Liptov

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Coat of Arms of Liptov
The extent of the Liptov region within present-day Slovakia.

Liptov is a historical and geographical region in northern Slovakia with around 140,000 inhabitants. The area is also known by the German name Liptau, the Polish Liptów, the Hungarian Liptó and the Latin name Liptovium.

History[edit]

The first known inhabitants came to Liptov during the Neolithic age around 6000 years ago. Celts represent an important time period of Liptov during the Iron Age. The Celtic tribal village can be seen in the archeological site of Havránok near Liptovský Mikuláš. The first settlements of Slavic people in Liptov region began approximately in the 6th century BC. The first written evidence about Liptov came from 1231 AD during the rule of the Hungarian king Andrew II when Liptov was a permanent comitatus (county) of the Hungarian empire. The dissolution of Austro-Hungarian monarchy in 1918 led to the creation of Czechoslovakia as a successor country, including Liptov as one of the integral regions of the new state. After the dissolution of Czechoslovakia in 1993, Liptov became the region of present-day Slovakia.

There are currently three remains of castles that were built in the Liptov region. They are the Likava castle, the Liptov castle, and the Liptovský Hrádok castle. Liptov is also a place where the legendary Slovak figure of the 17th and 18th Century, Juraj Jánošík, was sentenced to death.

Geography[edit]

Historical and cultural centres of Liptov are the towns of Liptovský Mikuláš, Ružomberok and Liptovský Hrádok. Liptov is surrounded by the highest mountains in Slovakia: High Tatras, West Tatras and Chočské vrchy from the north, Low Tatras from the south and Greater Fatra from the west. The longest Slovak river of Váh runs through Liptov and fills the important water reservoir of Liptovská Mara. There are two Slovak national parks with the highest level of protection in the territory of Liptov, they are the Tatra National Park and the Low Tatras National Park.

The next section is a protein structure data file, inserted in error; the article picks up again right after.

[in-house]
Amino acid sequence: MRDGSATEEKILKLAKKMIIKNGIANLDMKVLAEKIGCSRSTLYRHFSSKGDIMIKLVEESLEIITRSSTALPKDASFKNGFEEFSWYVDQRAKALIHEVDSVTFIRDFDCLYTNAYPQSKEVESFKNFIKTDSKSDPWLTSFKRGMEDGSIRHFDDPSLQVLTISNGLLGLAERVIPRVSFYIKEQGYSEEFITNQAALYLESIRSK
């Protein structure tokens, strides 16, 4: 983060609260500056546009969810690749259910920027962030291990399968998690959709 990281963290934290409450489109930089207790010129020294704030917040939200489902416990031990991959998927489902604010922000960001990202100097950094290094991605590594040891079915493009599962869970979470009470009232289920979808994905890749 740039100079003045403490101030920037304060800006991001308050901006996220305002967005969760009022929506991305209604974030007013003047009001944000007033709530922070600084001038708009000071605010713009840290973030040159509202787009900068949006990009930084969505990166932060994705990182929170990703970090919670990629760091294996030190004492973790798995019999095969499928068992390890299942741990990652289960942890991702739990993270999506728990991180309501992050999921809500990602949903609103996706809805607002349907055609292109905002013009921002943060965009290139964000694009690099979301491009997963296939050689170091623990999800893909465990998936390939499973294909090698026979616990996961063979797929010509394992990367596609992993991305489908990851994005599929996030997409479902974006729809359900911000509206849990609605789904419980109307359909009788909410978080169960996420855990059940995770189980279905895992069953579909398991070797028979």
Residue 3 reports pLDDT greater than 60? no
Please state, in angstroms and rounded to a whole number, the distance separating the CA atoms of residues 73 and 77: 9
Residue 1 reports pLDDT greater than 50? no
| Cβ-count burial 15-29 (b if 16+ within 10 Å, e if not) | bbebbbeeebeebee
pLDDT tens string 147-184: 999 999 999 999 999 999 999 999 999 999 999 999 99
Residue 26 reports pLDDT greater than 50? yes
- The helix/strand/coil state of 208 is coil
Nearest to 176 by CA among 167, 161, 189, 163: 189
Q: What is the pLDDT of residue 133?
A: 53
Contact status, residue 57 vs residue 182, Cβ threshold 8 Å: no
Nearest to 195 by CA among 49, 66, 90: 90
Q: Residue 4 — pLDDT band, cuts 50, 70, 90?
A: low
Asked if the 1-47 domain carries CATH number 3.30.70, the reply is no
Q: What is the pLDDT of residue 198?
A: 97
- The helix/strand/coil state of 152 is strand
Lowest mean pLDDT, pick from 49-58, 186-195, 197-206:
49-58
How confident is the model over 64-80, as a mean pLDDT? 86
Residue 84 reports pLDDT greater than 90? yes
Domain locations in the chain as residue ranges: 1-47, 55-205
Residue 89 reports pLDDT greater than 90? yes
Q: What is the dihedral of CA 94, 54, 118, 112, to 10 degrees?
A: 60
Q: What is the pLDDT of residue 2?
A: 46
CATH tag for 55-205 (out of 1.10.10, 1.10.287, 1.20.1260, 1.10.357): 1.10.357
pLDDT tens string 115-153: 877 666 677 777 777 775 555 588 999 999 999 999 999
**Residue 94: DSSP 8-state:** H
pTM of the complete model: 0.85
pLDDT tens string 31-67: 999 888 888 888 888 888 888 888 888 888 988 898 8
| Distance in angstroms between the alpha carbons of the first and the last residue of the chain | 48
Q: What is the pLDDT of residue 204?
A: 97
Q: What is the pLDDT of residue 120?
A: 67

Tourism[edit]

Liptov is one of the most visited regions in Slovakia. There are three public caves: Demänovská Cave of Liberty, Demänovská Ice Cave and Važecká Cave, the biggest ski resort in Slovakia, Jasná, ski park Malinô Brdo, thermal parks of Tatralandia and Bešeňová as well as a UNESCO World Heritage Site of Vlkolínec. The list of museums and galleries include: Liptov Museum and Ľudovít Fulla Gallery in Ružomberok, Gallery of P.M. Bohúň and the Centre of Koloman Sokol in Liptovský Mikuláš. Liptov has a rich tradition of folklore culture. The annual folklore festival in the village of Východná is the biggest folklore event in Slovakia attracting thousands of visitors from all around Europe.

The Liptov region has a number of fine churches. In Svätý Kríž, south of the reservoir, is a large 'articular' wooden church belonging to the same group as the one in Hronsek, near Banská Bystrica (see the article in the section on Banská Bystrica Region). This is one of the largest wooden religious buildings in Europe and, like the buildings at Pribylina, was also rescued from the water (it was originally built in the now-vanished village of Paludza).

And in the small village of Nižné Matiašovce, at the start of the precipitous route from Liptov to Zuberec (in the Orava valley), is a beautiful wooden-roofed church with defensive stone walls and bastions.

Liptov has two other big tourist draws: a pair of large geo-thermal aquaparks, at Bešeňová (near Ružomberok) and Tatralandia (near Liptovský Mikuláš); and the Demänovská valley.

On the way up the tree-lined Demänovská valley, are two large limestone cave complexes open to the public, the first of which is an ice cave (where the subterranean climate has formed a sort of underground glacier). The second, the Demänovská Cave of Freedom, is a huge complex of galleries featuring many stalactites and stalagmites.

Gallery[edit]

See also[edit]

External links[edit]